The Impact of NICU Admission On Breastfeeding in the First Hour of Life

Monday, October 28, 2013: 11:41 AM
Plaza International Ballroom I-K (Hyatt Regency Orlando, formerly the Peabody)
Rashi Kochhar, MD1, Neel S. Bhatt, MD MPH1, Nidhi Kotwal, MD1, Linda Chandranath, MD1, Ivan L. Hand, MD, FAAP2, Anita Noble, DNSc3 and Lawrence Noble, MD1, (1)Elmhurst Hospital Center/ Icahn School of Medicine, Elmhurst, NY, (2)Division of Neonatology, SUNY Downstate Medical School/Kings County Hospital, Brooklyn, NY, (3)Hebrew University/Hadassah School of Nursing, Jerusalem, Israel

Background: Breastfeeding (BF) in the first hour of life has been demonstrated to increase the duration of optimal BF through infancy. Although BF is especially important for vulnerable infants, such as those admitted to the Neonatal Intensive Care Unit (NICU), it is often difficult to achieve in the first hour of birth especially for most NICU admissions as this is a critical time period for evaluation. BF in the first hour of the asymptomatic term infant admitted to the NICU, however, should be achievable.

Purpose: To explore factors associated with successful BF in the first hour of life of the term asymptomatic infant admitted to the NICU

Methods: We prospectively evaluated breastfeeding initiation for 50 asymptomatic term infants admitted to the NICU to rule out sepsis and 50 healthy control infants admitted to regular nursery, matched for Gestational age (GA), birth weight (BW) and mode of delivery. Additionally, in-hospital breastfeeding practices were explored via a structured interview of labor and delivery staff. Data was analyzed by chi-square, t-test and regression analysis. P value <0.05 was considered statistically significant.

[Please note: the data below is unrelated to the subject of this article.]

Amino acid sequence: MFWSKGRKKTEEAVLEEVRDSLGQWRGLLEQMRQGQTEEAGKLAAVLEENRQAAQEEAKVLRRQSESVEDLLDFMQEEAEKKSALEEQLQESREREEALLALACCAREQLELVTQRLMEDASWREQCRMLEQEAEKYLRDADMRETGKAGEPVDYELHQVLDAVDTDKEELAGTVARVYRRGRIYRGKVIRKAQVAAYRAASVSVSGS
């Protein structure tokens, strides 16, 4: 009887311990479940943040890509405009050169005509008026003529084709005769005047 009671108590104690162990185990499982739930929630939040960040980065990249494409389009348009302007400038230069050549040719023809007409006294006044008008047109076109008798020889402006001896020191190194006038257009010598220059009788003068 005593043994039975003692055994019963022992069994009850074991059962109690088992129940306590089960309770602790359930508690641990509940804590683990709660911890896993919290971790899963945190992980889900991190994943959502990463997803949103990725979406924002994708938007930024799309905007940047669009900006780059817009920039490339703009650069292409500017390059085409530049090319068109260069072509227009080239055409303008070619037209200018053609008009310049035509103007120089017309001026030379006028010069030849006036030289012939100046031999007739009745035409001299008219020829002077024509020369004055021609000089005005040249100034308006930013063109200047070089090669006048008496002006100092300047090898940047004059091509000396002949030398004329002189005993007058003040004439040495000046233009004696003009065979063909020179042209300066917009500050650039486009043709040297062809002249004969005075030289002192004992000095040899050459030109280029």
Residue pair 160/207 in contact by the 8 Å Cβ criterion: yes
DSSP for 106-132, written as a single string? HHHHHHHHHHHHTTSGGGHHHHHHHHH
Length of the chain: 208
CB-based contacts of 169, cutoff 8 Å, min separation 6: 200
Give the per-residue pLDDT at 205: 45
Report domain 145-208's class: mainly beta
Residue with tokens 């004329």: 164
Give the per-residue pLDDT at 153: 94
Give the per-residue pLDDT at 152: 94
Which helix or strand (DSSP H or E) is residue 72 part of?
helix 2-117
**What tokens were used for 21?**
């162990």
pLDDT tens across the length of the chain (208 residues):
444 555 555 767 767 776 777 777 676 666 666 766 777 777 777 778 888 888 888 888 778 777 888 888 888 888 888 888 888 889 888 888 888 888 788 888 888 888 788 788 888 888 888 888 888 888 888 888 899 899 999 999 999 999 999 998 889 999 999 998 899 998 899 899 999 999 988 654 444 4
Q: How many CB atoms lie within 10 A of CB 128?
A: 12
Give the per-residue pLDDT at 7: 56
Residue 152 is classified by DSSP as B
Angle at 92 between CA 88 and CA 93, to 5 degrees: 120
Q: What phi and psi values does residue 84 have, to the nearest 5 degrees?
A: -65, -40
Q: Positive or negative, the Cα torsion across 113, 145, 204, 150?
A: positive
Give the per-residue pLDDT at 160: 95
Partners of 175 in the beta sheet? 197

Results: Mean gestational age for all patients was 39.0±1.9 weeks, while mean BW was 3331±375 grams and rate of cesarean section was 18%. The number of infants who were breast fed in the first hour of life was significantly lower in infants admitted to the NICU than in regular nursery (29% vs. 62%, p=0.001, OR=0.245, CI 0.096-0.616). The rate of BF in the first hour differed by type of admission and mode of delivery: 1) NICU admission & C/S: 10%, 2) NICU & vaginal delivery: 34%, 3) regular nursery & C/S: 29%, 4) regular nursery & vaginal delivery: 67%. This rate did not differ by GA, BW or length of time mother spent in the Labor/ Delivery/Recovery suites (mean time 4.1±2.1 hours). Regression analysis revealed that both NICU admission (p <0.0001) and C/S (p=0.012) significantly increased time to first BF. The clinical course of the infants who were breast fed in the first hour did not reveal complications resulting from the delay in NICU admission. Staff identified maternal request and maternal fatigue as the most important factors in delaying BF past the first hour. Other factors included poor suck reflex, infant behavior, maternal fever and separation of babies for lab workup and stabilization.

Conclusion: BF in the first hour of life is achievable and safe in asymptomatic term infants admitted to the NICU. The rate of BF in the first hour in this population, however, remains low. We speculate that simple initiatives to ameliorate maternal concerns in the delivery room and promotion of early BF by NICU staff could correct this problem and increase the rate of BF in this at-risk population.